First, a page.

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N Engl J Med. 1993 Feb 4;328(5):297-302.

Rapid serologic testing with immune-complex-dissociated HIV p24 antigen for early detection of HIV infection in neonates. Southern California Pediatric AIDS Consortium.

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Center for AIDS Research and Education, University of California, Los Angeles 90024-1793.



Serologic detection of human immunodeficiency virus (HIV) infection in neonates is complicated by the presence of immune complexes, consisting of passively transferred maternal antibodies and HIV antigens. A new, rapid assay has been designed to disrupt these immune complexes in order to permit the detection of a specific HIV antigen. We evaluated the efficacy of this assay in detecting HIV infection in neonates.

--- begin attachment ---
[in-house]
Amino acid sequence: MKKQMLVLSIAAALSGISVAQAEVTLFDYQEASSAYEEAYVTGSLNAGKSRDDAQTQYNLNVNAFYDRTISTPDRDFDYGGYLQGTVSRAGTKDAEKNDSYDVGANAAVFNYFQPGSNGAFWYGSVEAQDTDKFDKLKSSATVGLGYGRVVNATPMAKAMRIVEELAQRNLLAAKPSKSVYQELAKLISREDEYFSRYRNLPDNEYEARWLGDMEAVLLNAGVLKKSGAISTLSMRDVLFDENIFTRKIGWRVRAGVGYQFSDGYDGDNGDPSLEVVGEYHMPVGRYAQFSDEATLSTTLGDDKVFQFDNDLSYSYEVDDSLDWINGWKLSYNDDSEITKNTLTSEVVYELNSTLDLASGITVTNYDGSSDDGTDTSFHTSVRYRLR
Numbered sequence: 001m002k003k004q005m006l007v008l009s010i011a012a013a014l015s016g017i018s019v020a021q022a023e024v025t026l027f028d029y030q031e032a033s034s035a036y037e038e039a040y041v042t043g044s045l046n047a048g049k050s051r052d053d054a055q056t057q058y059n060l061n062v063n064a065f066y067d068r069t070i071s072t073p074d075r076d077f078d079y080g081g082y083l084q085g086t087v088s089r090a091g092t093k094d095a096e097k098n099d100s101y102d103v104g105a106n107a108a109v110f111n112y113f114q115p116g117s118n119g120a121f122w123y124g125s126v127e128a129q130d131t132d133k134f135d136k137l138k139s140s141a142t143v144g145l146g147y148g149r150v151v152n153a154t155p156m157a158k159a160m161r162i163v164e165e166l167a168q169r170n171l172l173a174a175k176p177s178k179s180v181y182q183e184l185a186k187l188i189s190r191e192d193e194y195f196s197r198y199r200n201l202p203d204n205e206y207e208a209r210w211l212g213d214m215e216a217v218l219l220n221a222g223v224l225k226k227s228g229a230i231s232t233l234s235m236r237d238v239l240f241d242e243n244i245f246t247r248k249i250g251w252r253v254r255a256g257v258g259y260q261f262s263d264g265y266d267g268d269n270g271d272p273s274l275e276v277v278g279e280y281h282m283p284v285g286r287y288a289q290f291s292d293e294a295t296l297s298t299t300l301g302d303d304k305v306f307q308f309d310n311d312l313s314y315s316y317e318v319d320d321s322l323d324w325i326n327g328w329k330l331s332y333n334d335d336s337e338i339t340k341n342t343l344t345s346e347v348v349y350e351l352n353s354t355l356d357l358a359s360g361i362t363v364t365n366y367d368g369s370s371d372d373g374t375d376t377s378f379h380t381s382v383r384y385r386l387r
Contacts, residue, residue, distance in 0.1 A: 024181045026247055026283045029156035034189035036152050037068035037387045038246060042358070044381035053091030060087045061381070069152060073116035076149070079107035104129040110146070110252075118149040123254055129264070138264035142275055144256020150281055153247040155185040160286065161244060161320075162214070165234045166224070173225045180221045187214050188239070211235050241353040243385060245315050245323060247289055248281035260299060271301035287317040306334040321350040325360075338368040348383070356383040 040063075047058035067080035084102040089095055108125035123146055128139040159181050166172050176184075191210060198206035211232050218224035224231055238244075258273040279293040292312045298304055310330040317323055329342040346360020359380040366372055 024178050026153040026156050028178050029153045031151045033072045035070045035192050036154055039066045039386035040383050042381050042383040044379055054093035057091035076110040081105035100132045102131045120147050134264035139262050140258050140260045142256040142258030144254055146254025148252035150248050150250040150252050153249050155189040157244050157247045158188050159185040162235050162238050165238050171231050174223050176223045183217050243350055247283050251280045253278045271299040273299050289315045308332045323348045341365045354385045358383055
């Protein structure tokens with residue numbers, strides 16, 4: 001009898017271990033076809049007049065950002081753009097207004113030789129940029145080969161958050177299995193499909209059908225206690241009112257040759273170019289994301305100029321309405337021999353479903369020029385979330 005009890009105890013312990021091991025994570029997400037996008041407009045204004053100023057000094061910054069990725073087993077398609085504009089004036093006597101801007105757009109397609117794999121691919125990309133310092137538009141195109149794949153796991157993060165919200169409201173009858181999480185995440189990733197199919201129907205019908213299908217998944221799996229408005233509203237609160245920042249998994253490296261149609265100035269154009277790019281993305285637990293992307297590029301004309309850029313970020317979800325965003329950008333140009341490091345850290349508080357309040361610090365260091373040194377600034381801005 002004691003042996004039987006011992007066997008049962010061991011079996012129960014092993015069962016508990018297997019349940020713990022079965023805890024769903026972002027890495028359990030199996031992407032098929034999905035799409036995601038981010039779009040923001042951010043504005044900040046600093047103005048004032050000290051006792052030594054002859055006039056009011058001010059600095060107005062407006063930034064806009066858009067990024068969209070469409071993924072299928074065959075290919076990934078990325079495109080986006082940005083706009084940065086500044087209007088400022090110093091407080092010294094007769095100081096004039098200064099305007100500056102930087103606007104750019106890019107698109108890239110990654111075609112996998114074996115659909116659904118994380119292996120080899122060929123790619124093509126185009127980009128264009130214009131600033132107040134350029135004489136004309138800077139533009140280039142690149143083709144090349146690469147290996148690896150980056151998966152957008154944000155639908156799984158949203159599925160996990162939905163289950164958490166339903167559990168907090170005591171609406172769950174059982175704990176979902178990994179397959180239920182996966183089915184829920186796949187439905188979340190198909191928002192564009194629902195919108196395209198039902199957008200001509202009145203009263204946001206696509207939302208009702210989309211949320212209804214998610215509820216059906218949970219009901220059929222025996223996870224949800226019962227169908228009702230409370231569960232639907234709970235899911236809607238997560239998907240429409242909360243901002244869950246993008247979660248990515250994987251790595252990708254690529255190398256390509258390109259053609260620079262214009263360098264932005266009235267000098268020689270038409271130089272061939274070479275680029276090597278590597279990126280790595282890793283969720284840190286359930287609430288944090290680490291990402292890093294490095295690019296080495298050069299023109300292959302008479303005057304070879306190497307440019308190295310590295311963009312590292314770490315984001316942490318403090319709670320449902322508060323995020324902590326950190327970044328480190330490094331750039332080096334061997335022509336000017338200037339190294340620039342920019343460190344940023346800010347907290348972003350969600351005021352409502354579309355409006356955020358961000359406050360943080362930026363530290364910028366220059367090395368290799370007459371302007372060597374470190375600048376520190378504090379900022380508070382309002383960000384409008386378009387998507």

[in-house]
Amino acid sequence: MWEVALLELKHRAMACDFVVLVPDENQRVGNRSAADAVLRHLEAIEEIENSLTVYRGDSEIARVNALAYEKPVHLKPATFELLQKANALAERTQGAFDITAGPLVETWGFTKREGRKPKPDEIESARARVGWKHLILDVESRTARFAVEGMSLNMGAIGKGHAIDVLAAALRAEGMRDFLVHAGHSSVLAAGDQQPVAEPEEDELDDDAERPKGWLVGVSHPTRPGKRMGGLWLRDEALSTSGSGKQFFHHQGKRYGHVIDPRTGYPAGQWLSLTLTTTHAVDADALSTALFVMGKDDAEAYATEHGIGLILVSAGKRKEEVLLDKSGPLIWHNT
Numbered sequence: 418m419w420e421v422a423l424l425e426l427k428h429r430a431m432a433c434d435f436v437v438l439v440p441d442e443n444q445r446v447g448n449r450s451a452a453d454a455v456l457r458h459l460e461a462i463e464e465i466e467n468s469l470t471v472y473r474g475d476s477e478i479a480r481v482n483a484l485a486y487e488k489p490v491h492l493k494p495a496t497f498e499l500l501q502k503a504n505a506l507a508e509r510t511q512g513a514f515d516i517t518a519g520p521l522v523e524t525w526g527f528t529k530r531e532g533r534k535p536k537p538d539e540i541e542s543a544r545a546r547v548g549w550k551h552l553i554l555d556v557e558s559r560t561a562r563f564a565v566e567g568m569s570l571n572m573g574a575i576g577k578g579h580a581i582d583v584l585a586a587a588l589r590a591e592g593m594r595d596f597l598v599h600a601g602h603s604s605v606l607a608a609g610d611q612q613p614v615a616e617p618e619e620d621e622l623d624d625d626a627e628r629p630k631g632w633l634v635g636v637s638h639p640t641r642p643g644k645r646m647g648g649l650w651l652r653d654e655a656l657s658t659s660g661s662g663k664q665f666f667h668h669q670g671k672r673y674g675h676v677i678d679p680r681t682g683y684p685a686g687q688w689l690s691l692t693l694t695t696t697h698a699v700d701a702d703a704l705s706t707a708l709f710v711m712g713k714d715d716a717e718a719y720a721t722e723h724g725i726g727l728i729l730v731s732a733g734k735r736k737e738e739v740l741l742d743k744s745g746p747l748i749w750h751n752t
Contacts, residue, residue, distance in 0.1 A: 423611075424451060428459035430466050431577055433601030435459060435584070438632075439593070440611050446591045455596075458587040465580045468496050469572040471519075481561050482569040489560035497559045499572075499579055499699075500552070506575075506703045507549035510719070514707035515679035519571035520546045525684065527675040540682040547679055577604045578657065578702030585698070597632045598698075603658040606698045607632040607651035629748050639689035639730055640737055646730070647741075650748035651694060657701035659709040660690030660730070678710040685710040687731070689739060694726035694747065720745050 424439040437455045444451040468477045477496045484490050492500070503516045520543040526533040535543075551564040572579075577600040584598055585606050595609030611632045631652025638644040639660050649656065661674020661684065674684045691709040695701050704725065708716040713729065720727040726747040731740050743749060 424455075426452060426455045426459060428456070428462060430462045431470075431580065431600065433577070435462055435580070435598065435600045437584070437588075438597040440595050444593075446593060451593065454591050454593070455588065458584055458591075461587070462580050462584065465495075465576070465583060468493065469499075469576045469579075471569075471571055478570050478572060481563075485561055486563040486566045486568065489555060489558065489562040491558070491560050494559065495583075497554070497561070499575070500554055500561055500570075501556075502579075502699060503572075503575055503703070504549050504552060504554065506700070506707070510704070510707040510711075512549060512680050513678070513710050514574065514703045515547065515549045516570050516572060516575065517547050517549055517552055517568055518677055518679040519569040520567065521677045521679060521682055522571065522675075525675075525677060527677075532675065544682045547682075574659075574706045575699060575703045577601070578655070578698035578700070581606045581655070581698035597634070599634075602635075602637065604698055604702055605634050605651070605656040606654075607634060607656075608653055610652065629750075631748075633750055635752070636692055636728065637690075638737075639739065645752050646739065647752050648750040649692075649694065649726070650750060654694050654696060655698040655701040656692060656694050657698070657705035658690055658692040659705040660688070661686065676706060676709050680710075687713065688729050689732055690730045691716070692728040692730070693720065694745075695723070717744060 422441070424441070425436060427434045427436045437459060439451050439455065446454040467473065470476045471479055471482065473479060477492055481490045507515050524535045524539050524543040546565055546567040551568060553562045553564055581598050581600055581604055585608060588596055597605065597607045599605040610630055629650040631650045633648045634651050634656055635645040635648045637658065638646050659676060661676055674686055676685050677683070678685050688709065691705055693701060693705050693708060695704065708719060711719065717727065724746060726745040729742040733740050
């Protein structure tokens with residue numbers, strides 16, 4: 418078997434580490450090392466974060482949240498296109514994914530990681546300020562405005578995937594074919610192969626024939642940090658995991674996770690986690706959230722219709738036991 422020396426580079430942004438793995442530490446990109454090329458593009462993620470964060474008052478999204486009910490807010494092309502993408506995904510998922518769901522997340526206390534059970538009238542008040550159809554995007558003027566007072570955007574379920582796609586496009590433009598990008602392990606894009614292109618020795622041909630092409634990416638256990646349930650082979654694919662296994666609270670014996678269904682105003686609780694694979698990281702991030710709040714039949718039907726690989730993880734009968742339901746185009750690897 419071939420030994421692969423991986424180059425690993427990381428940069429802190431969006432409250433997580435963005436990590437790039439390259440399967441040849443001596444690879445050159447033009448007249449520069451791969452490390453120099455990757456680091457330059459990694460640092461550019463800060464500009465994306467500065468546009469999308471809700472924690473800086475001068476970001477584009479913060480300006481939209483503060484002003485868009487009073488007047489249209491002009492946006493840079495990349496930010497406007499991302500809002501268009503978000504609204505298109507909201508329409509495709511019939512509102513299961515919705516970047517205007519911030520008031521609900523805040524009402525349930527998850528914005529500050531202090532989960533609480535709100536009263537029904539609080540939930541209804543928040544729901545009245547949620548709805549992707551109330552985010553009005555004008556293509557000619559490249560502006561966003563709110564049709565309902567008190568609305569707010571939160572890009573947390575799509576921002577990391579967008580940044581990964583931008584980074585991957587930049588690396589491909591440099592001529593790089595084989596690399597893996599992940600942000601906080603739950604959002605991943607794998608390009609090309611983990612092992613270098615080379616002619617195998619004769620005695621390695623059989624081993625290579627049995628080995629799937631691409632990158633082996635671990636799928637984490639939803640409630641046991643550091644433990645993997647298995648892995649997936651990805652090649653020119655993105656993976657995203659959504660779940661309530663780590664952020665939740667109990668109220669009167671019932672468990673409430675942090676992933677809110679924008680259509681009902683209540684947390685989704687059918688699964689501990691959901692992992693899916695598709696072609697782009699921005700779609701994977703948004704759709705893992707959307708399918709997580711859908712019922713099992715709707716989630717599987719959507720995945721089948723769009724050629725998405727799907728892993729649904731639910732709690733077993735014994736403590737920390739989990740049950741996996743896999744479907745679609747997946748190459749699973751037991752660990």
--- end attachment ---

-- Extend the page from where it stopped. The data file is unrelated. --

We measured p24 antigen in blood samples from both infected and uninfected children of HIV-infected mothers. The samples were treated with glycine hydrochloride to dissociate the immune complexes, followed by neutralization with TRIS-hydrochloric acid. A commercial HIV p24 antigen assay was then used, with an optical density greater than 0.120 at a wavelength of 450 nm defined as indicating a positive result.


Of eight cord-blood samples from neonates with proved HIV infection, five were positive for immune-complex-dissociated p24 antigen. For two other neonates the first postnatal sample, obtained on days 12 and 18, was positive. There was no follow-up sample for the eighth neonate. Of 22 uninfected neonates, 20 were negative on the cord-blood assay. Two neonates had positive cord-blood samples, but the first postnatal sample was negative. Thus, the tests with early postnatal samples identified the HIV-infection status correctly for all 29 children who could be evaluated. In a separate group of 78 children (median age, 188 weeks), the specificity of the test was 100 percent and the sensitivity 81 percent.


The immune-complex-dissociated HIV p24 antigen assay is a rapid, simple serologic test that may be of value in diagnosing HIV infection in neonates born to HIV-infected women.

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